The study, also published Tuesday in JAMA Neurology, analyzed data from over 78,000 people between the ages of 40 and 79 who wore wrist accelerometers. Researchers counted each person’s total number of steps per day, and then placed them into two categories: Fewer than 40 steps per minute – which is more of an amble, like when you’re walking from room to room – and more than 40 steps per minute, or so-called “purposeful” walking. The researchers also analyzed peak performers – those who took the most steps within 30 minutes over the course of a day (although those 30 minutes did not have to occur on the same walk).
Researchers then compared that person’s steps against their diagnosis of dementia of any type seven years later. After controlling for age, ethnicity, education, sex, socio-emotional status and how many days they wore an accelerometer, researchers also factored out such lifestyle variables as poor diet, smoking, alcohol use, medication use, sleep issues and a history of cardiovascular disease.
The study did have some limitations, its authors point out – it was only observational, so it cannot establish a direct cause and effect between walking and a lower risk of dementia. In addition, “the age range of participants may have resulted in limited dementia cases, meaning our results may not be generalizable to older populations,” the study said.
“Because there are often considerable delays in dementia diagnosis, and this study did not include formal clinical and cognitive assessments of dementia, it is possible that the prevalence of dementia in the community was much higher,” the authors added.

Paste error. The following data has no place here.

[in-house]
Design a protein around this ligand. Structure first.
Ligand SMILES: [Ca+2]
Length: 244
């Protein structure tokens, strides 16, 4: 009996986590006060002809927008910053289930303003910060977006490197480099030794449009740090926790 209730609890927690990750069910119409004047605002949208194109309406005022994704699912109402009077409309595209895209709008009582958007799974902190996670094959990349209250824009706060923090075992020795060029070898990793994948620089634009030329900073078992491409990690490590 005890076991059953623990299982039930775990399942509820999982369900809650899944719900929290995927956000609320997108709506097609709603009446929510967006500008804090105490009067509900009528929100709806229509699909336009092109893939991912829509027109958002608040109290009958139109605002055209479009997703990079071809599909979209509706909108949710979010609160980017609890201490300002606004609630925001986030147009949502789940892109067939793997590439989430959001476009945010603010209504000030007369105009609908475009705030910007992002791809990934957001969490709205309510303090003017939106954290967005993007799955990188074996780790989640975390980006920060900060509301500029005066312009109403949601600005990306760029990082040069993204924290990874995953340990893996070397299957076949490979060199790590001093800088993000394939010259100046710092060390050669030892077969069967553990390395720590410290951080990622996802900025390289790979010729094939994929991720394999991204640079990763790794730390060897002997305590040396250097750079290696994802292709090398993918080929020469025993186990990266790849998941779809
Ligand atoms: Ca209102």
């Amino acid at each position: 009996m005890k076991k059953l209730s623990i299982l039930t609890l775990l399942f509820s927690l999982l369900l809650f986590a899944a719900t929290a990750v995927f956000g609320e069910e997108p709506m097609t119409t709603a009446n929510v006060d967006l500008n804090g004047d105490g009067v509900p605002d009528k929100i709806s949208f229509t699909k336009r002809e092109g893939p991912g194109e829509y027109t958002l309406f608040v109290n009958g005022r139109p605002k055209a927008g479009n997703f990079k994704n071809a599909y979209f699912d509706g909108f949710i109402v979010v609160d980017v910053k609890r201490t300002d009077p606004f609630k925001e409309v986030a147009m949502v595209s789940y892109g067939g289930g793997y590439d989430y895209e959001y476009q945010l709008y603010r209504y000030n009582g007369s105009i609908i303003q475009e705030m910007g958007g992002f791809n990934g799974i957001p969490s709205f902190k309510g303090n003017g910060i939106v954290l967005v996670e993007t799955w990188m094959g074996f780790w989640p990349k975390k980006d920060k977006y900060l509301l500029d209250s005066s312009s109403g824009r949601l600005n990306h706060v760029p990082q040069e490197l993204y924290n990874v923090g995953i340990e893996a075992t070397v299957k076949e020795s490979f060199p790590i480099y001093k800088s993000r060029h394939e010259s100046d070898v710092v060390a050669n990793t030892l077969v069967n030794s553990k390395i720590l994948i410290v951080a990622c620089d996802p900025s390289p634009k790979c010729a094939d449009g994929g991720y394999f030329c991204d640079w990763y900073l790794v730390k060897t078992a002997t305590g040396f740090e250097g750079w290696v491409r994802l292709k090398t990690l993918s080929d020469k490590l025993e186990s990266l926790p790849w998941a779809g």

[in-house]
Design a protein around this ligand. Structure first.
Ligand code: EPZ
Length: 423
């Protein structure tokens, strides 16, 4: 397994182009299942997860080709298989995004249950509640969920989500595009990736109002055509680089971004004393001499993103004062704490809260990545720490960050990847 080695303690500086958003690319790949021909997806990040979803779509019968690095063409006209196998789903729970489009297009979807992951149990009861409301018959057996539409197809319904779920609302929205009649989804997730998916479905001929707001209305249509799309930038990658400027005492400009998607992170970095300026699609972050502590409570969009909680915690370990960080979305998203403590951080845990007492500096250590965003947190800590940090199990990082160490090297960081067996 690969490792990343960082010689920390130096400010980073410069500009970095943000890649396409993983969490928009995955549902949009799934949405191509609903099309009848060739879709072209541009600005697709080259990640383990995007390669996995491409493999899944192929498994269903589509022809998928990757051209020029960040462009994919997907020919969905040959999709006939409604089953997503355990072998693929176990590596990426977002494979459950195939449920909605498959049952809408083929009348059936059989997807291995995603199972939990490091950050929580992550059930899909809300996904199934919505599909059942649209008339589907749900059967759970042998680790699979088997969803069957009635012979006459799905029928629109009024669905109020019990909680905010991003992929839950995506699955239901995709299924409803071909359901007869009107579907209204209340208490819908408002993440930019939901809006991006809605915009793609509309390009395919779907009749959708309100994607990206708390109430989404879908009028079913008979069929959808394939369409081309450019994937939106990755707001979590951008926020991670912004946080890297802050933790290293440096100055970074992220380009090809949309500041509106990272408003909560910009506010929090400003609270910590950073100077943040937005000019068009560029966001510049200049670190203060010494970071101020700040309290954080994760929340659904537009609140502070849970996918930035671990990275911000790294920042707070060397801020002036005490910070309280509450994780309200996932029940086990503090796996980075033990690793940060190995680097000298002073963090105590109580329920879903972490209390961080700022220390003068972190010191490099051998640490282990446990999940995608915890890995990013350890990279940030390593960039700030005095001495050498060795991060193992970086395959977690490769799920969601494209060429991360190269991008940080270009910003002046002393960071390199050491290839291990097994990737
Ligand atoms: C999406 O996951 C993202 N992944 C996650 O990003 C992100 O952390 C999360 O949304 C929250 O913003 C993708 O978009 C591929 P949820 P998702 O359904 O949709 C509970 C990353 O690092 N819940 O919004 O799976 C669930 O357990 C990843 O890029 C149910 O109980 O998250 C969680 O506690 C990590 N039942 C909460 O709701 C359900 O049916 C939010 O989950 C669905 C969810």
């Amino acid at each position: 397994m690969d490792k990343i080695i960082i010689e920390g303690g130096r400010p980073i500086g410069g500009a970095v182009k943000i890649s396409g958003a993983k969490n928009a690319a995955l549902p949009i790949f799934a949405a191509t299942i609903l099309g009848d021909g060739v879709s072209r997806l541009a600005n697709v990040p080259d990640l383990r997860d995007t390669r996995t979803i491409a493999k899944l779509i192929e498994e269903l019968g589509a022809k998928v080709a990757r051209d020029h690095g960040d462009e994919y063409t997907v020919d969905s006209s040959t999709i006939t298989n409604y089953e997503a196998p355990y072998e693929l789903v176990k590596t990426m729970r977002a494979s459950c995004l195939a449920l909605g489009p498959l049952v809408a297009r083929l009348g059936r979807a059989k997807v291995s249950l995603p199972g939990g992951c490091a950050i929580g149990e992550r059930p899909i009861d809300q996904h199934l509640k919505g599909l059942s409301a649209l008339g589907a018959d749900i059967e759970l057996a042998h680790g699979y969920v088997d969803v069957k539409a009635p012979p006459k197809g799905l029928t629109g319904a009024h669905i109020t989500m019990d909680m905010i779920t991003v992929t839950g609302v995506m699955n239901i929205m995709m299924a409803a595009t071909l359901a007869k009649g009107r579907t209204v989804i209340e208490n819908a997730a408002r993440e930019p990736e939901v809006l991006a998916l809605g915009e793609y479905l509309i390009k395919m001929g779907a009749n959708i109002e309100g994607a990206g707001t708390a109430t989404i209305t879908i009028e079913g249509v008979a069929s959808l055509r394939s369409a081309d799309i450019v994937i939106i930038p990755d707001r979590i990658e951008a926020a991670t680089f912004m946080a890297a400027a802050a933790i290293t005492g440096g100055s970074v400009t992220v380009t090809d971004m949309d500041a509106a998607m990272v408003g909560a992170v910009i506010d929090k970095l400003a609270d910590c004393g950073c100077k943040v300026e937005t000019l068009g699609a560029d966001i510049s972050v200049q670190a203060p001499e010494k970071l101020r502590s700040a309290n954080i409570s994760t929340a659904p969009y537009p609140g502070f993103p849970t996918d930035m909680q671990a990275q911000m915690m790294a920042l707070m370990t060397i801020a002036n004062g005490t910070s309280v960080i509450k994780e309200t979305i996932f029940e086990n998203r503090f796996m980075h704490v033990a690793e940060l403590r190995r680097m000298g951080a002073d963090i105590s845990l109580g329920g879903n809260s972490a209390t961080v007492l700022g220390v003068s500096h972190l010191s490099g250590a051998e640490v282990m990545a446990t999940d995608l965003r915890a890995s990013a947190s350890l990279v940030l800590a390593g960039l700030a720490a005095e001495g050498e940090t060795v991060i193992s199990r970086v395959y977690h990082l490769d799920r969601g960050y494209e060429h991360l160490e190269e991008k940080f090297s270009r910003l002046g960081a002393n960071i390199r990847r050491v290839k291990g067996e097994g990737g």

While agreeing that the findings cannot be interpreted as a direct cause and effect, “the mounting evidence in support of the benefits of physical activity for maintaining optimal brain health can no longer be disregarded,” wrote Okonkwo and Planalp.
“It is time for the management of physical inactivity to be considered an intrinsic part of routine primary care visits for older adults,” they added.
Indeed, recent research published in July has found many leisure activities, such as household chores, exercise, adult education classes and visiting with family and friends, affected dementia risk in middle-aged people.
Adults who were highly engaged in physical activity such as frequent exercise had a 35% lower risk of developing dementia compared with people who were the least engaged in these activities, researchers found.
Regularly doing household chores lowered risk by 21% while daily visits with family and friends lowered the risk of dementia by 15%, when compared with people who were less engaged.
Everyone in the study benefited from the protective effect of physical and mental activities, whether or not they had a family history of dementia, researchers found.
Another study published in January found that exercise may slow dementia in active older people whose brains already showed signs of plaques, tangles and other hallmarks of Alzheimer’s and other cognitive diseases.
That study found exercise boosts levels of a protein known to strengthen communication between brain cells via synapses, which may be a key factor in keeping dementia at bay.
“Dementia is preventable to a great extent,” said del Pozo Cruz. “Physical activity as well as other lifestyle behaviors such lack of alcohol and smoking, maintaining a healthy diet and weight and sleep can put you on the right track to avoid dementia.”